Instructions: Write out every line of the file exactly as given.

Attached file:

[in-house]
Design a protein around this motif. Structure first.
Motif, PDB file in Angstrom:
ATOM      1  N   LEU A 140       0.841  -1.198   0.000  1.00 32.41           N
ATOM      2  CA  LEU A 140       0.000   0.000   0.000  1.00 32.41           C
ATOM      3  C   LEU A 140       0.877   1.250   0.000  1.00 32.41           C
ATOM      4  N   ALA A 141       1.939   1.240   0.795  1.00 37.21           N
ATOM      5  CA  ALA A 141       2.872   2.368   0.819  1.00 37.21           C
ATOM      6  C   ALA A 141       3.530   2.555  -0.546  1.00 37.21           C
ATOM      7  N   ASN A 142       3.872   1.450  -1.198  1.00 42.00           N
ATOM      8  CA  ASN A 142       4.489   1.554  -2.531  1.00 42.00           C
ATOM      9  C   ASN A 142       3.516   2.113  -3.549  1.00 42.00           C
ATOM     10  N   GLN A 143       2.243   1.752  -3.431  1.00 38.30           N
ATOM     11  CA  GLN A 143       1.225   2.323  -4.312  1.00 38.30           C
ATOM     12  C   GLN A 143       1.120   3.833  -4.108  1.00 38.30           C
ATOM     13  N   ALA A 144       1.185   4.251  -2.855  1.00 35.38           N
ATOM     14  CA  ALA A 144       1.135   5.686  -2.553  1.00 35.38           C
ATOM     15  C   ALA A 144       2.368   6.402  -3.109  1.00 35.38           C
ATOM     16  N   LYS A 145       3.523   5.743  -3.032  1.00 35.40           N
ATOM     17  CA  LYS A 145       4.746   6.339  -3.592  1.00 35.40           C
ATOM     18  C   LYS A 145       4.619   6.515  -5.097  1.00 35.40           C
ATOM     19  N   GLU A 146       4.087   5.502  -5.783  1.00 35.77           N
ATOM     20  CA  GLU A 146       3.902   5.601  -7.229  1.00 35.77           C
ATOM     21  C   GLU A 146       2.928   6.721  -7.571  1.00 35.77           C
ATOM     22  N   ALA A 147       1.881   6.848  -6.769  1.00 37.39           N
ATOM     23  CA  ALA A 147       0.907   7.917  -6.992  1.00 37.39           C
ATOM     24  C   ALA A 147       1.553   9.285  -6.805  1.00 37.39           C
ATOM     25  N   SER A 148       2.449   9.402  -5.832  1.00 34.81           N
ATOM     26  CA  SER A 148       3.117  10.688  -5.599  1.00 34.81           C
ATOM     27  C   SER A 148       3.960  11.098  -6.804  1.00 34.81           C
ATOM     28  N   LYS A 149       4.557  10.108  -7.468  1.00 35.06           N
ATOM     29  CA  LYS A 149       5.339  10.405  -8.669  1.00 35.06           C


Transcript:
[in-house]
Design a protein around this motif. Structure first.
Motif, PDB file in Angstrom:
ATOM      1  N   LEU A 140       0.841  -1.198   0.000  1.00 32.41           N
ATOM      2  CA  LEU A 140       0.000   0.000   0.000  1.00 32.41           C
ATOM      3  C   LEU A 140       0.877   1.250   0.000  1.00 32.41           C
ATOM      4  N   ALA A 141       1.939   1.240   0.795  1.00 37.21           N
ATOM      5  CA  ALA A 141       2.872   2.368   0.819  1.00 37.21           C
ATOM      6  C   ALA A 141       3.530   2.555  -0.546  1.00 37.21           C
ATOM      7  N   ASN A 142       3.872   1.450  -1.198  1.00 42.00           N
ATOM      8  CA  ASN A 142       4.489   1.554  -2.531  1.00 42.00           C
ATOM      9  C   ASN A 142       3.516   2.113  -3.549  1.00 42.00           C
ATOM     10  N   GLN A 143       2.243   1.752  -3.431  1.00 38.30           N
ATOM     11  CA  GLN A 143       1.225   2.323  -4.312  1.00 38.30           C
ATOM     12  C   GLN A 143       1.120   3.833  -4.108  1.00 38.30           C
ATOM     13  N   ALA A 144       1.185   4.251  -2.855  1.00 35.38           N
ATOM     14  CA  ALA A 144       1.135   5.686  -2.553  1.00 35.38           C
ATOM     15  C   ALA A 144       2.368   6.402  -3.109  1.00 35.38           C
ATOM     16  N   LYS A 145       3.523   5.743  -3.032  1.00 35.40           N
ATOM     17  CA  LYS A 145       4.746   6.339  -3.592  1.00 35.40           C
ATOM     18  C   LYS A 145       4.619   6.515  -5.097  1.00 35.40           C
ATOM     19  N   GLU A 146       4.087   5.502  -5.783  1.00 35.77           N
ATOM     20  CA  GLU A 146       3.902   5.601  -7.229  1.00 35.77           C
ATOM     21  C   GLU A 146       2.928   6.721  -7.571  1.00 35.77           C
ATOM     22  N   ALA A 147       1.881   6.848  -6.769  1.00 37.39           N
ATOM     23  CA  ALA A 147       0.907   7.917  -6.992  1.00 37.39           C
ATOM     24  C   ALA A 147       1.553   9.285  -6.805  1.00 37.39           C
ATOM     25  N   SER A 148       2.449   9.402  -5.832  1.00 34.81           N
ATOM     26  CA  SER A 148       3.117  10.688  -5.599  1.00 34.81           C
ATOM     27  C   SER A 148       3.960  11.098  -6.804  1.00 34.81           C
ATOM     28  N   LYS A 149       4.557  10.108  -7.468  1.00 35.06           N
ATOM     29  CA  LYS A 149       5.339  10.405  -8.669  1.00 35.06           C